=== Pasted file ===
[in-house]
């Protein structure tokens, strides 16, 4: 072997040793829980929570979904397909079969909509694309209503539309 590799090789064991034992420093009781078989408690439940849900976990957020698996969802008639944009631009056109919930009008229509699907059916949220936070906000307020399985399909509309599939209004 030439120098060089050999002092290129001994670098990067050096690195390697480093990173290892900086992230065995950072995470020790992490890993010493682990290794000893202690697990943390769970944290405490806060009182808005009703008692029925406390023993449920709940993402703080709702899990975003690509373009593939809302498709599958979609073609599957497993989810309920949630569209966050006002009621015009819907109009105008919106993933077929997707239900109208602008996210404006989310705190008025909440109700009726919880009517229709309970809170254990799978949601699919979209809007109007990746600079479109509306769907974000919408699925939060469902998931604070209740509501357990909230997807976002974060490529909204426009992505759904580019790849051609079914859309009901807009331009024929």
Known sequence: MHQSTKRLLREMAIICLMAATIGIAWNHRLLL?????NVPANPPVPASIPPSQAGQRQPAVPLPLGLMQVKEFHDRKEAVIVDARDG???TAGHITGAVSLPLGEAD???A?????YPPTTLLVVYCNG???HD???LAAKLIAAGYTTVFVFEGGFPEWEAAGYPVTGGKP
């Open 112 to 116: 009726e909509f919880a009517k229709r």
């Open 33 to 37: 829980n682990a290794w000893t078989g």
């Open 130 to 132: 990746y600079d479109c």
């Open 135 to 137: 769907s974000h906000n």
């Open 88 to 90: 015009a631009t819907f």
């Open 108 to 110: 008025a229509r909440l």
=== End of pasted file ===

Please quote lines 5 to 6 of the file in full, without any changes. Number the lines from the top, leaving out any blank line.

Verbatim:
């Open 33 to 37: 829980n682990a290794w000893t078989g």
């Open 130 to 132: 990746y600079d479109c």